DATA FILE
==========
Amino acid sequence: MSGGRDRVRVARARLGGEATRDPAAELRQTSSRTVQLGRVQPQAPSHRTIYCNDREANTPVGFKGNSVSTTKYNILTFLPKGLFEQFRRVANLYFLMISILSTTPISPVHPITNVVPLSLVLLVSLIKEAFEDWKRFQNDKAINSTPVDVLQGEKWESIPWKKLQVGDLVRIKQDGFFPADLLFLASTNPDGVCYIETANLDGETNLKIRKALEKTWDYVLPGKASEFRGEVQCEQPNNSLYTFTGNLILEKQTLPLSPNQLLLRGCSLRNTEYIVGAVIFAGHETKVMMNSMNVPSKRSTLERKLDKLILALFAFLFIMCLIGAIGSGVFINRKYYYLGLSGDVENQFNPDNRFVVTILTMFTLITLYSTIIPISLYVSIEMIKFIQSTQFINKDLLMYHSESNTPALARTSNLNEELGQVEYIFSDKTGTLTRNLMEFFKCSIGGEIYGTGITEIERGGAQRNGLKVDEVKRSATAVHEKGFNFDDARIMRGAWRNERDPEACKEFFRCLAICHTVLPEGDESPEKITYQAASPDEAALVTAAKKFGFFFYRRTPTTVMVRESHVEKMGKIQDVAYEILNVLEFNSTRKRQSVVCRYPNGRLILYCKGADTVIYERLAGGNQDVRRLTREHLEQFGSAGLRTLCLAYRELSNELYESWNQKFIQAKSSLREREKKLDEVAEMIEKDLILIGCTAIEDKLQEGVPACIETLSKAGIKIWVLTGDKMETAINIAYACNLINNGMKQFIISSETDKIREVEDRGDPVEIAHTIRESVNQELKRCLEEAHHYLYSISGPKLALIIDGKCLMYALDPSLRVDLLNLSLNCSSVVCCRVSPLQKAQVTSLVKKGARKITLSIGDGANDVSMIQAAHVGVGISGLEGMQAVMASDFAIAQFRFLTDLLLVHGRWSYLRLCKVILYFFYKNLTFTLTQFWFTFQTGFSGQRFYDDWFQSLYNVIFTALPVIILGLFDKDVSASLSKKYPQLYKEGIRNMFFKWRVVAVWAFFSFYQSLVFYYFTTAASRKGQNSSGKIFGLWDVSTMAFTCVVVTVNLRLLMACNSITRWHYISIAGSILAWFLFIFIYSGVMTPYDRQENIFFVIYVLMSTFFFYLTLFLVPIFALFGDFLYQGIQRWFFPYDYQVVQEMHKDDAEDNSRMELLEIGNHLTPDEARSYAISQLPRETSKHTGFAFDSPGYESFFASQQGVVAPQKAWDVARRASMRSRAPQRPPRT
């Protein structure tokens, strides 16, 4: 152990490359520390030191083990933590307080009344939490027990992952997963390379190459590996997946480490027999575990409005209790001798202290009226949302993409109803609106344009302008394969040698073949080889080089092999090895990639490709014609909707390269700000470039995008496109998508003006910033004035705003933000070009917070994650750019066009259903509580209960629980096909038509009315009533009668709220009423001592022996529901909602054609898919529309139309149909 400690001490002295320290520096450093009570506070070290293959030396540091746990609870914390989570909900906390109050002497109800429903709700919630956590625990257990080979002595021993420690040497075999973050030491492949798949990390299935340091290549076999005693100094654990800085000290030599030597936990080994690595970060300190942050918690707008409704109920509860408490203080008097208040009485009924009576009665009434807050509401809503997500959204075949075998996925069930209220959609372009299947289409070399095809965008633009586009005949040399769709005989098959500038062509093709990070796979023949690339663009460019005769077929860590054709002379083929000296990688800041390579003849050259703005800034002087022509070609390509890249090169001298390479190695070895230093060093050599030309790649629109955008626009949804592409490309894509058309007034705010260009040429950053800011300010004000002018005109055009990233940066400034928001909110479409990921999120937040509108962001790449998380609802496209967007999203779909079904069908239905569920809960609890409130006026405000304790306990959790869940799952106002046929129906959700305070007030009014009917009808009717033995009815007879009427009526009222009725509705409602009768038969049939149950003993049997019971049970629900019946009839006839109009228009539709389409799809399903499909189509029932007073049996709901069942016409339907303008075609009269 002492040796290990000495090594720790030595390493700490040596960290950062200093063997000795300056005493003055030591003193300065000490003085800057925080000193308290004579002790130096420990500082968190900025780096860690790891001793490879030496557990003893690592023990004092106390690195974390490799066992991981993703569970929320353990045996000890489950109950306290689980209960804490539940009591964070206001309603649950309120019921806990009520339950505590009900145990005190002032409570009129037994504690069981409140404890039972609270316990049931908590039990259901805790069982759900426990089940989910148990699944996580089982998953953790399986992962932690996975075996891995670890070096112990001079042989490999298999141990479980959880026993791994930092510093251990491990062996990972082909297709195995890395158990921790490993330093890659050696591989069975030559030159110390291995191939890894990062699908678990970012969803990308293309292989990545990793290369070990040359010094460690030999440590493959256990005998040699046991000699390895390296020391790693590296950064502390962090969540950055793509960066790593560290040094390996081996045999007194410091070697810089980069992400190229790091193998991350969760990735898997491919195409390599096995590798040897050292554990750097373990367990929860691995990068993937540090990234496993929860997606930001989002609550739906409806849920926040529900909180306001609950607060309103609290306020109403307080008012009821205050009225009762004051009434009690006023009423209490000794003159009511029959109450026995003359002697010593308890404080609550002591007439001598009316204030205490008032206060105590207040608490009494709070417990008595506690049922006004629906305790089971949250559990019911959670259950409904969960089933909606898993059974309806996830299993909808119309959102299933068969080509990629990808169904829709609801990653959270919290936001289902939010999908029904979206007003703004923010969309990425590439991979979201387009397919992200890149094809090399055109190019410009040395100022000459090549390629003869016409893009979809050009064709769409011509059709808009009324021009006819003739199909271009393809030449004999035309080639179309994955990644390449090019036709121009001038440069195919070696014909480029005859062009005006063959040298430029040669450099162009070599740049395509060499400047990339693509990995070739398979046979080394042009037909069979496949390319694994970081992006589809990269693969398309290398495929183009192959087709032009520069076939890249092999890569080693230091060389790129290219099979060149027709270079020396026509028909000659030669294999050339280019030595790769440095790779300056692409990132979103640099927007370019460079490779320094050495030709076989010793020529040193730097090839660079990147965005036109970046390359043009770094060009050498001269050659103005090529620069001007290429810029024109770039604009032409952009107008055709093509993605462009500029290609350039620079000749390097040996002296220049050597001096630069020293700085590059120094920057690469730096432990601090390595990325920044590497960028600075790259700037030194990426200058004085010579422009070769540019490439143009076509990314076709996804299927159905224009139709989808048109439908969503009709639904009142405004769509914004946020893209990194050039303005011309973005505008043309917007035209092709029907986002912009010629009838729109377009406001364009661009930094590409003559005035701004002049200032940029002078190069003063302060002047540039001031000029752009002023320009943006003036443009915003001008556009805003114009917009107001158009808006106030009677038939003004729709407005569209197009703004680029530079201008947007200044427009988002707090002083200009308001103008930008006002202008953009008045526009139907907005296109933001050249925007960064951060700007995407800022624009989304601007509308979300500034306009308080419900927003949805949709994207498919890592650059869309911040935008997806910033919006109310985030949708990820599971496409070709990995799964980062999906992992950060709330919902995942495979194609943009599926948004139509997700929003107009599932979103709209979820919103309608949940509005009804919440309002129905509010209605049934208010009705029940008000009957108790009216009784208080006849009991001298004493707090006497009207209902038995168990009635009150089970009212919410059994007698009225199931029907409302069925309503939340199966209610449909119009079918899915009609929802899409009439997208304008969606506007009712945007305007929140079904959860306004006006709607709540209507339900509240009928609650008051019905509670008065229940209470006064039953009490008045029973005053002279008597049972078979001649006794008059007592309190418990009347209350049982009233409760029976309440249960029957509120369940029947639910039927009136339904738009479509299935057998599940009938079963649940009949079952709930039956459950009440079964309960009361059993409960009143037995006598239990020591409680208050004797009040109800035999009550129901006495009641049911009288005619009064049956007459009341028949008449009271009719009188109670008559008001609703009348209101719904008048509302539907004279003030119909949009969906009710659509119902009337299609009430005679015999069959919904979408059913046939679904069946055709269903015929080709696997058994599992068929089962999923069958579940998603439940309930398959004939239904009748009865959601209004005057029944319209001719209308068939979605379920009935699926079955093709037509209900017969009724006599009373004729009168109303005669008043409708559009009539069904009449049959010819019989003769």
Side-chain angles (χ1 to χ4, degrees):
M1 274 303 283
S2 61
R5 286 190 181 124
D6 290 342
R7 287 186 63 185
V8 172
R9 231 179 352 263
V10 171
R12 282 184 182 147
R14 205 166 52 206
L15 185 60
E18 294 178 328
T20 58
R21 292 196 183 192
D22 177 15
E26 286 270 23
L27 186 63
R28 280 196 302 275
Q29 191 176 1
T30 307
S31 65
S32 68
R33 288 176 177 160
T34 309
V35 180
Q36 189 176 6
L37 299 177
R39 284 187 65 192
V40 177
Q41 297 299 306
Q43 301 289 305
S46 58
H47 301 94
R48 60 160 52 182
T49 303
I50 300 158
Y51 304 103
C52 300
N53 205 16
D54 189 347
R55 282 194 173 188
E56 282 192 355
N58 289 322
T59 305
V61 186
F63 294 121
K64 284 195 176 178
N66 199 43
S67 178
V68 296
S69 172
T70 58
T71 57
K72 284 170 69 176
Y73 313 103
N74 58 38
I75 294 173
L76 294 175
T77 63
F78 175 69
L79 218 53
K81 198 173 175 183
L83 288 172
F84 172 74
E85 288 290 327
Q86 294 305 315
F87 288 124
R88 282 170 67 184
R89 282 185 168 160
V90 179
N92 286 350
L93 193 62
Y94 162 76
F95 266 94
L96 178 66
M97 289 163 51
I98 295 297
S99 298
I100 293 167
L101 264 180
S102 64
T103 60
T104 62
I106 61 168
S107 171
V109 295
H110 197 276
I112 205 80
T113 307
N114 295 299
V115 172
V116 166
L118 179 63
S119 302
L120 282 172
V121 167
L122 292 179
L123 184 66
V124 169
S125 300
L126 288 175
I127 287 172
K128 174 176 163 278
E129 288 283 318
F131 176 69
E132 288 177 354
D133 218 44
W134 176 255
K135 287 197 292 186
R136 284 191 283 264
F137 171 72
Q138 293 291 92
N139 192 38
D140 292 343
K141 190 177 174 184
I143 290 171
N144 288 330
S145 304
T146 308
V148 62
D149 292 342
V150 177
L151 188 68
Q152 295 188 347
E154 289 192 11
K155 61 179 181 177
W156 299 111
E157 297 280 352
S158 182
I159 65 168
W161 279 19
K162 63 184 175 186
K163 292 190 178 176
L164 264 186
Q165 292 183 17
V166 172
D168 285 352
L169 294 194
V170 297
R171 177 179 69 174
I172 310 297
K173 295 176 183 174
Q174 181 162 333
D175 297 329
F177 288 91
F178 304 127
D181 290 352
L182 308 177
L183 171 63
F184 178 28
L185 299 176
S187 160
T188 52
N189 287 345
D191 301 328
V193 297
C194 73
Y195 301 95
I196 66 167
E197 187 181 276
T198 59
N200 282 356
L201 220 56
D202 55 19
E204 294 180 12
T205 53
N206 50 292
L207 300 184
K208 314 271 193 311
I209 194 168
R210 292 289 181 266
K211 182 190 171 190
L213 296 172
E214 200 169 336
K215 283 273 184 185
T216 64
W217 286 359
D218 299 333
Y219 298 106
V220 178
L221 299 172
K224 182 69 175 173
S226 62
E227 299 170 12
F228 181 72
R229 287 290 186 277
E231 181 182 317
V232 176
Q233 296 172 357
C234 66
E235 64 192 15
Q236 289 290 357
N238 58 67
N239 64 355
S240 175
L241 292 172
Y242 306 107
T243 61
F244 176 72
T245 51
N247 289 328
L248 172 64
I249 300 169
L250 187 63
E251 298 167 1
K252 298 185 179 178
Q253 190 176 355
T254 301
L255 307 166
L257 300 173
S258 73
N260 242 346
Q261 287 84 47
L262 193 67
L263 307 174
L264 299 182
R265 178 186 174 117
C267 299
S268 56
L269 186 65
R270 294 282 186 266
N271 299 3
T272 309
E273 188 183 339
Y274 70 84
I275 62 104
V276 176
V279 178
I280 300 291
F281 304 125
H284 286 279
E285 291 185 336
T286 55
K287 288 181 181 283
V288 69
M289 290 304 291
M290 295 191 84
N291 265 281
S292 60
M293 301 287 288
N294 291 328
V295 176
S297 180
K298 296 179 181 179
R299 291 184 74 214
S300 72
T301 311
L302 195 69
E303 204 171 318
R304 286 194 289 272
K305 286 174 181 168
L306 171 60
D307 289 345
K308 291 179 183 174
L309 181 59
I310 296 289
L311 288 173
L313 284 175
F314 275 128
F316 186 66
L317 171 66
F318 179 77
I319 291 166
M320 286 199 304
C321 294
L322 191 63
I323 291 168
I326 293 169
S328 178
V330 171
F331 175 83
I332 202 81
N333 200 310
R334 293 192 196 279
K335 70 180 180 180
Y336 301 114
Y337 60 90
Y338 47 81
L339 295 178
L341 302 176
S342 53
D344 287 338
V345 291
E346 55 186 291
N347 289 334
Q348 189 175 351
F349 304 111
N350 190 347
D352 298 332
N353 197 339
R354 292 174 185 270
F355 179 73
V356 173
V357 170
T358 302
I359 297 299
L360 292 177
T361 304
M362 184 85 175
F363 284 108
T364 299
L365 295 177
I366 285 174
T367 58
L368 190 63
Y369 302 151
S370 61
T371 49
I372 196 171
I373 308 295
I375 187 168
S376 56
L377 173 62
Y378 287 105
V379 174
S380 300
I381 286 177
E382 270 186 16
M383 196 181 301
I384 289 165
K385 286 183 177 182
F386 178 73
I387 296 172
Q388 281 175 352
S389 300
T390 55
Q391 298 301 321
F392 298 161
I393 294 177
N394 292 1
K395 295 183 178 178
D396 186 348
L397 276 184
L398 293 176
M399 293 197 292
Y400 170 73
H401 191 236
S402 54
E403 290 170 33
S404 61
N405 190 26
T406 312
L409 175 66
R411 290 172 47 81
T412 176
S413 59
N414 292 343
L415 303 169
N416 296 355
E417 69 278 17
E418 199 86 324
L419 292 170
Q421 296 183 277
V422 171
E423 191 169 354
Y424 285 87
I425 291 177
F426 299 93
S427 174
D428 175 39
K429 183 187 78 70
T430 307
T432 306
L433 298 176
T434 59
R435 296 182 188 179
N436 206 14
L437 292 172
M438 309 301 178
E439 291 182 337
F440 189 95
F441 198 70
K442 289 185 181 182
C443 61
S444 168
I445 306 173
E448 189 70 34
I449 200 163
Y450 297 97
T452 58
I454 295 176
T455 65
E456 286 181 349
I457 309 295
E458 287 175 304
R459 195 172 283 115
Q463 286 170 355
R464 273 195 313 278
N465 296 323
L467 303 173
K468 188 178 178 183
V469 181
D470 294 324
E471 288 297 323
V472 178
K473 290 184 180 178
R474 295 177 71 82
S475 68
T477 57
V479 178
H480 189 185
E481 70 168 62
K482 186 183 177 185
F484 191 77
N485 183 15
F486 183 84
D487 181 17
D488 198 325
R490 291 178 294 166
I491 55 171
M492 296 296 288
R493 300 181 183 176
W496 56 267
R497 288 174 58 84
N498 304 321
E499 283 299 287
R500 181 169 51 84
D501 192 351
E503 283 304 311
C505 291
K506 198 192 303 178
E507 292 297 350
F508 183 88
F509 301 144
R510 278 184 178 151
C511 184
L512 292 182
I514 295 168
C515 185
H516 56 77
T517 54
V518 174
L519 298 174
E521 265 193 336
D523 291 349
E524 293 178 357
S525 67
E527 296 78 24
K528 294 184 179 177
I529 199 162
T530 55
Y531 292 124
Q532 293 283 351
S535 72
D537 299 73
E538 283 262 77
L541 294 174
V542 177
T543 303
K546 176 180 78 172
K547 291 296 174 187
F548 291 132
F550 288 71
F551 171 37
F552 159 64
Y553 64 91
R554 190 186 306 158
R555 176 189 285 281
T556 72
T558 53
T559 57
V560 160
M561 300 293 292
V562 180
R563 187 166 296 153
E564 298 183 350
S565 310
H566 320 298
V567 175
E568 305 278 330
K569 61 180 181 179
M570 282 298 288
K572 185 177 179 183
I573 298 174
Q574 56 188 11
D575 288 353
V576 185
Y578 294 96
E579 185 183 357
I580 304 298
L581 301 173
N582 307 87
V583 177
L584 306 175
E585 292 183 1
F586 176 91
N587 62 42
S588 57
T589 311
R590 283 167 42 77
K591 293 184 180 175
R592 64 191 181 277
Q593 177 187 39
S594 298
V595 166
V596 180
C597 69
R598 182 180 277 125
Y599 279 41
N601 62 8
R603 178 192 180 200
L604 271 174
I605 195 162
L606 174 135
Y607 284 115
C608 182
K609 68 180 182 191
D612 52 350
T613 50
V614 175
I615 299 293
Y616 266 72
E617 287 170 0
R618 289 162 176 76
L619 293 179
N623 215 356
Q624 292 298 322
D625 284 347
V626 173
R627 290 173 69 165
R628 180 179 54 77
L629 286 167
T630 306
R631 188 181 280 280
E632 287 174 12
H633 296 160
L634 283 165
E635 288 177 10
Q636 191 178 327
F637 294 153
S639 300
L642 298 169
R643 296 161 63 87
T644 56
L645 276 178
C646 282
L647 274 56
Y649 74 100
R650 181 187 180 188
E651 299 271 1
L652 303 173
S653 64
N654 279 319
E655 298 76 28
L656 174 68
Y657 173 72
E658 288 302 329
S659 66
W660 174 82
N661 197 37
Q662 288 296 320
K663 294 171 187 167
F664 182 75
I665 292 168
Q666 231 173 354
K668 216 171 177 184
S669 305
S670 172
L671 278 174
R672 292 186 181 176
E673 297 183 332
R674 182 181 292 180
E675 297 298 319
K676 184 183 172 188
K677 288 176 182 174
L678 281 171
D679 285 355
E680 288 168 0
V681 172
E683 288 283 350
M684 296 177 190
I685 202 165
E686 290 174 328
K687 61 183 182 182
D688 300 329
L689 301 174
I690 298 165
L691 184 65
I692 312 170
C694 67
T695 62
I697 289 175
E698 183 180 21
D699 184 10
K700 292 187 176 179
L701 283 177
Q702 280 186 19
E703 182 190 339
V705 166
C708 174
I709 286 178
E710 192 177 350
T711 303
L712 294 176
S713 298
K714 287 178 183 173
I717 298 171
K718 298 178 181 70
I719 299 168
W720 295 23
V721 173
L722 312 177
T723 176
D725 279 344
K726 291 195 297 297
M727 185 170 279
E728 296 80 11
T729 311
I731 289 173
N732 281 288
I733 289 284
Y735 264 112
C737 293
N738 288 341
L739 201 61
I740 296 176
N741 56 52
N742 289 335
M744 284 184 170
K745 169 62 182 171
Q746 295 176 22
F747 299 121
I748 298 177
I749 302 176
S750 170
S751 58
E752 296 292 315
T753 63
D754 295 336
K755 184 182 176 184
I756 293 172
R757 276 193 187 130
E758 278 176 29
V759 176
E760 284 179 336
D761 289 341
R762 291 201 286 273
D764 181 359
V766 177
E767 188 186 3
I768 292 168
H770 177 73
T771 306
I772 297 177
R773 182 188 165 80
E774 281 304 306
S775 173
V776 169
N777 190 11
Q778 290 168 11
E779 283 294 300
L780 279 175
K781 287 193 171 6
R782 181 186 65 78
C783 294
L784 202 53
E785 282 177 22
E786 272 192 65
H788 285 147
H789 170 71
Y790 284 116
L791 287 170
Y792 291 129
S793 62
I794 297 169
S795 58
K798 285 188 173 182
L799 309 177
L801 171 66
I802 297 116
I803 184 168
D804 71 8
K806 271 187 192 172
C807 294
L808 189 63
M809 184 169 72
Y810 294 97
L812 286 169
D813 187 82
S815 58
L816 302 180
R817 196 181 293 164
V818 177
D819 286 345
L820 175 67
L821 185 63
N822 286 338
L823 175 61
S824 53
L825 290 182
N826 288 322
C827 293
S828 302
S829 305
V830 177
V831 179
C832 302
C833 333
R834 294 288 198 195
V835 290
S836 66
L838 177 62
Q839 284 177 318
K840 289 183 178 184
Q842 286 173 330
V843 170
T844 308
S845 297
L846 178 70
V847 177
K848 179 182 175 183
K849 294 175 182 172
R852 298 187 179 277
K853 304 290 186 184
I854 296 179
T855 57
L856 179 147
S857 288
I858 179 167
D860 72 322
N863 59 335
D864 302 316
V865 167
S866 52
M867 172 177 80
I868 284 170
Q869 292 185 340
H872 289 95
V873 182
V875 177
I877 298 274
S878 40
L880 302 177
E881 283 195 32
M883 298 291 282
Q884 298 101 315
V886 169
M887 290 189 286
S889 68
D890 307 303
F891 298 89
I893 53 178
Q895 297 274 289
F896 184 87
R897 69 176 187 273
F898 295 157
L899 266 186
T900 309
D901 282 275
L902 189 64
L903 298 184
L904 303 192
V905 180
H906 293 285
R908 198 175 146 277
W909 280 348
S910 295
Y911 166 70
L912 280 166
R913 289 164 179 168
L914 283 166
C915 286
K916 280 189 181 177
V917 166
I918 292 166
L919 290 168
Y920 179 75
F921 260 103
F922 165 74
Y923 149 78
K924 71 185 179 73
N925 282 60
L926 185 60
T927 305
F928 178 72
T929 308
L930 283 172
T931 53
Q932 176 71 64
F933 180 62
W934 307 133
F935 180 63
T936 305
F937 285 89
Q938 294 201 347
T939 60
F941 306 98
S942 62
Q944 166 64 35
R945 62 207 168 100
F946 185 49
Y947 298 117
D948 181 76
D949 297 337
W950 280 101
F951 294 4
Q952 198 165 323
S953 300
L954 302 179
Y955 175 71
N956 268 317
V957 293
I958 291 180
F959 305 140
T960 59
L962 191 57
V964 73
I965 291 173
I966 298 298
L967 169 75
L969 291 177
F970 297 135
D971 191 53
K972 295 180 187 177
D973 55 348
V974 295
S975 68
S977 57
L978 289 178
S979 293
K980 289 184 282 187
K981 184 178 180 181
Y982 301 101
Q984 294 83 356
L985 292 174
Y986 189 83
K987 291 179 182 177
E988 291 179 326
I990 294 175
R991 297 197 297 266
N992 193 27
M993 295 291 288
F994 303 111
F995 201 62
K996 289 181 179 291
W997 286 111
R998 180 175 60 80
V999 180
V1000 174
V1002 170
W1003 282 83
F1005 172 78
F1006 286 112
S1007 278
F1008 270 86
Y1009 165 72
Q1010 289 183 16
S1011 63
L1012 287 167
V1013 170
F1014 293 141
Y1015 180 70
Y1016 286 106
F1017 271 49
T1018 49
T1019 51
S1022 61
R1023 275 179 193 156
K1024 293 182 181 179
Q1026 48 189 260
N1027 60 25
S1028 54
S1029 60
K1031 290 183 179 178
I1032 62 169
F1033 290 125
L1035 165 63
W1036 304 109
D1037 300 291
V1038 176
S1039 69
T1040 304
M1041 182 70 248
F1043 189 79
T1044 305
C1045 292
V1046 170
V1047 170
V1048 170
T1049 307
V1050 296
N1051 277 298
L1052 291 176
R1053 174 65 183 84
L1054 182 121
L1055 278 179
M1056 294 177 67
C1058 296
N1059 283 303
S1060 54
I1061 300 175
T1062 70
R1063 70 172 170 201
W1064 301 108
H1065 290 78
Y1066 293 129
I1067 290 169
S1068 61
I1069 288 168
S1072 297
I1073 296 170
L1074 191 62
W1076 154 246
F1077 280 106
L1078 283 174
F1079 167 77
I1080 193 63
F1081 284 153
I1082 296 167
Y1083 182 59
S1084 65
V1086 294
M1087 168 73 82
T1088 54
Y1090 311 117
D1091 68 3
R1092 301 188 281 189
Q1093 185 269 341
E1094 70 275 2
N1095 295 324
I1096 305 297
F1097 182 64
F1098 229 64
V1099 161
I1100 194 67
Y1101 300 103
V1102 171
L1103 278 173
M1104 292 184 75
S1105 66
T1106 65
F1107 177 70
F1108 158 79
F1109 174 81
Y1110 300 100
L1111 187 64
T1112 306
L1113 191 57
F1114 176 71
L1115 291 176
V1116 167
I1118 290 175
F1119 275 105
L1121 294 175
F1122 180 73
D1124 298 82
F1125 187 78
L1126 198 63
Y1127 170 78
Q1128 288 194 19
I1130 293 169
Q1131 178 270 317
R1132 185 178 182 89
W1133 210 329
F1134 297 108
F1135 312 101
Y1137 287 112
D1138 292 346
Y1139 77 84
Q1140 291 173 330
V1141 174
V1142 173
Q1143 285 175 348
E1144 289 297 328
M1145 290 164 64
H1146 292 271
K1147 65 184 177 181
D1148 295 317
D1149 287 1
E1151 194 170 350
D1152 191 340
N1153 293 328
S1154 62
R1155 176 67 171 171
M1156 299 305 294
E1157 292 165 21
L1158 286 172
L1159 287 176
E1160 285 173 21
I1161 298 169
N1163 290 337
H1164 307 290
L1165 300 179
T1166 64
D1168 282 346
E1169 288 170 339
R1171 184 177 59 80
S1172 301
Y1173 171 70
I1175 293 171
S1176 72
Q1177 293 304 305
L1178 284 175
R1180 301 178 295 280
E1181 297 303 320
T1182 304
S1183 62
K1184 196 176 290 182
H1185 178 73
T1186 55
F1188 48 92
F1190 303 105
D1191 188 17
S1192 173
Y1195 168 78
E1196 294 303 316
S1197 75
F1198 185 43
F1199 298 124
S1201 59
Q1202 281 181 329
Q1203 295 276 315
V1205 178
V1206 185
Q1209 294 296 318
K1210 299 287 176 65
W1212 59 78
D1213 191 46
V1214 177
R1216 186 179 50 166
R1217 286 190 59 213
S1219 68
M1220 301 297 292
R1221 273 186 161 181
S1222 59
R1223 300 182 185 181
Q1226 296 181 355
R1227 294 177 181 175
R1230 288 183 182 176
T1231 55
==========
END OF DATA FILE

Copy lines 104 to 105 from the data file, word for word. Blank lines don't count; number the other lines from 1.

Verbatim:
L126 288 175
I127 287 172